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Draper v. United States

Informant Provided "reasonable Grounds"

The Supreme Court affirmed the lower courts' rulings that the search of petitioner and seizure of the heroin were valid as incident to a lawful arrest and that the heroin was properly admitted at trial. The Fourth Amendment requires "probable cause" for an arrest. Under the federal Narcotic Control Act of 1956, agents of the Bureau of Narcotics were permitted to "make arrests without warrant for violations of any law of the United States relating to narcotic drugs . . . [if the arresting person] has reasonable grounds to believe that the person to be arrested has committed or is committing such violation." Thus, the "crucial question" for the Court was whether knowledge of the related facts and circumstances gave the agent who arrested petitioner "probable cause" within the meaning of the Fourth Amendment, and "reasonable grounds" within the meaning of the Narcotic Control Act, to believe that petitioner had committed or was committing a violation of the narcotic laws. According to the Court, if "probable cause" and "reasonable grounds" existed, the arrest, though without a warrant, was lawful and the subsequent search of petitioner's person and the seizure of the heroin were validly made incident to a lawful arrest. Moreover, if the arrest, search, and seizure were valid, the motion to suppress was properly overruled and the heroin was competently received in evidence at trial.

The petitioner did not dispute this analysis of the issue, but instead asserted that the information from the paid informant was "hearsay," meaning that the information did not reflect the direct personal observations of the agent, but was obtained secondhand from the informant. The petitioner claimed that "hearsay" information could not be considered in determining "probable cause" or "reasonable grounds." The petitioner also argued that, even if hearsay could be considered, the information given to the agent in this case was insufficient to show "probable cause" or "reasonable grounds." The Supreme Court first determined that "probable cause" and "reasonable grounds" had substantially the same meaning. The Court then ruled, as to petitioner's first contention, that Brinegar v. United States (1949), had conclusively determined that evidence that is inadmissible to show guilt at trial, such as hearsay, may nonetheless be used to determine probable cause. Quoting from Brinegar, the Court explained that "[t]here is a large difference between . . . [guilt and probable cause], as well as between the tribunals which determine them, and therefore a like difference in the quanta and modes of proof required to establish them."

The Court also disagreed with petitioner's second contention that the information given to the agent by the informant was insufficient to show "probable cause" and "reasonable grounds" to believe that petitioner had violated or was violating the narcotic laws and to justify his arrest without a warrant. The informant identified petitioner by name and told the agent that the petitioner was peddling narcotics, had gone to Chicago to obtain a supply, and would return on a certain train on a certain day or the day after. The informant also gave the agent a detailed physical description of petitioner and of the clothing he was wearing and said that he would be carrying "a tan zipper bag," and that he habitually "walked real fast." The agent met the train on both days identified by the informant and on the second day saw a person, having the exact physical attributes and wearing the precise clothing described by [the informant], alight from an incoming Chicago train and start walking "fast" toward the exit. He was carrying a tan zipper bag in his right hand.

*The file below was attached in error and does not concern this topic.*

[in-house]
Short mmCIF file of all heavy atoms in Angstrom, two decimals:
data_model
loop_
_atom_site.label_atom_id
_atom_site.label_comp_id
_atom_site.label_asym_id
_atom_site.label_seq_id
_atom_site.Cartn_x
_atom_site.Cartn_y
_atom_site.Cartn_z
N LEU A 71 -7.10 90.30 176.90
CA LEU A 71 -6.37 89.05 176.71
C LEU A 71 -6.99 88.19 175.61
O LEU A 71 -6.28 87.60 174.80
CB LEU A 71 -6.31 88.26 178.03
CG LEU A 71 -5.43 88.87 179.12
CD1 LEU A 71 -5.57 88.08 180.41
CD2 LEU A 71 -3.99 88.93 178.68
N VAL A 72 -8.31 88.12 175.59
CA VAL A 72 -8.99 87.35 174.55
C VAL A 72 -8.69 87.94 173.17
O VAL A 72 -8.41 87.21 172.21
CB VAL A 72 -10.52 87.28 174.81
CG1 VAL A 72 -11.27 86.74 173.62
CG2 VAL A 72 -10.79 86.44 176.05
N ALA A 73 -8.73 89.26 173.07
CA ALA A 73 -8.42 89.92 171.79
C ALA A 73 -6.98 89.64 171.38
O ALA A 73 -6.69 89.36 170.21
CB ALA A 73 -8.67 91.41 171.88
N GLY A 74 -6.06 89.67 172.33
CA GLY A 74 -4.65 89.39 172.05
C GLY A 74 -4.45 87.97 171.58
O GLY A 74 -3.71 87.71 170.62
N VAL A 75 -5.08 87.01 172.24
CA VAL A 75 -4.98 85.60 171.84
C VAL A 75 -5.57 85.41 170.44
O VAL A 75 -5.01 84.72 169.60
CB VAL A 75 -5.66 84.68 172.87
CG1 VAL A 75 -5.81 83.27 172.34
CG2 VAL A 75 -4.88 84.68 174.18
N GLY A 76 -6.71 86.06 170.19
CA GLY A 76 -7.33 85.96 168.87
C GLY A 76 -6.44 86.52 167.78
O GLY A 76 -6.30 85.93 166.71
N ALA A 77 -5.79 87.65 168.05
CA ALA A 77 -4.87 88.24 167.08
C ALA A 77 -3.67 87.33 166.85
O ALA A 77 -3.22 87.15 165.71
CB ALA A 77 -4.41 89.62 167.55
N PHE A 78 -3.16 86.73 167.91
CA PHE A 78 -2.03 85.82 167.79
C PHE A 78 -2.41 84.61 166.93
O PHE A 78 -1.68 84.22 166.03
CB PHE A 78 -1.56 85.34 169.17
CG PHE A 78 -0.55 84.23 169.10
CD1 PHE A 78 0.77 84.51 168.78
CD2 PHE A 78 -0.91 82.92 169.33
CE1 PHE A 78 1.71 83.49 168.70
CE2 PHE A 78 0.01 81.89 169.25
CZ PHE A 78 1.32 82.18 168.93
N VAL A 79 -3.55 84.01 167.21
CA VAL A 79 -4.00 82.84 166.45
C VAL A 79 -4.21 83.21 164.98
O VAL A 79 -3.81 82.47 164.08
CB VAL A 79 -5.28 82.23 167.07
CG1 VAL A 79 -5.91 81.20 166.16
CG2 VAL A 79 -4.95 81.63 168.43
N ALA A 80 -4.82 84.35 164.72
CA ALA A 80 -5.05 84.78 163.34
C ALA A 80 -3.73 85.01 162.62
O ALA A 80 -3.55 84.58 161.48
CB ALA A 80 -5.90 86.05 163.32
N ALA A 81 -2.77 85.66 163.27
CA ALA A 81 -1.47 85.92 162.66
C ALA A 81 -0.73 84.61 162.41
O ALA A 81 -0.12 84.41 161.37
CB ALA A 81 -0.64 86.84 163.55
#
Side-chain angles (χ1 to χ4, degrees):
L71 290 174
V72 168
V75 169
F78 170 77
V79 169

The Court concluded that, although the informant's information may have been "hearsay" to the agent, the agent would have been derelict in his duties had he not pursued it since the informant was employed for that purpose and his information had always been found accurate and reliable. Moreover, by the time of the arrest, the agent had personally verified through his own observations every facet of the information given to him by the informant except whether petitioner had narcotics. The Court concluded that "surely, with every other bit of [the informant's] information being thus personally verified, [the agent] had `reasonable grounds' to believe that the remaining unverified bit of [the informant's] information--that [petitioner] would have the heroin with him--was likewise true." The Court stated that, "In dealing with probable cause, . . . as the very name implies, we deal with probabilities. These are not technical; they are the factual and practical considerations of everyday life on which reasonable and prudent men, not legal technicians, act."

The Supreme Court upheld the state courts' rulings that the agent had probable cause and reasonable grounds to believe that petitioner was violating drug laws at the time he arrested petitioner, that the arrest was therefore lawful, and that the subsequent search and seizure were likewise valid, as incident to that lawful arrest. The Court also affirmed the trial court's denial of petitioner's motion to suppress and the use of the seized heroin to convict petitioner.

Additional topics

Law Library - American Law and Legal InformationNotable Trials and Court Cases - 1954 to 1962Draper v. United States - Significance, Informant Provided "reasonable Grounds", Dissent Says Arrest Unlawful, Impact, Related Cases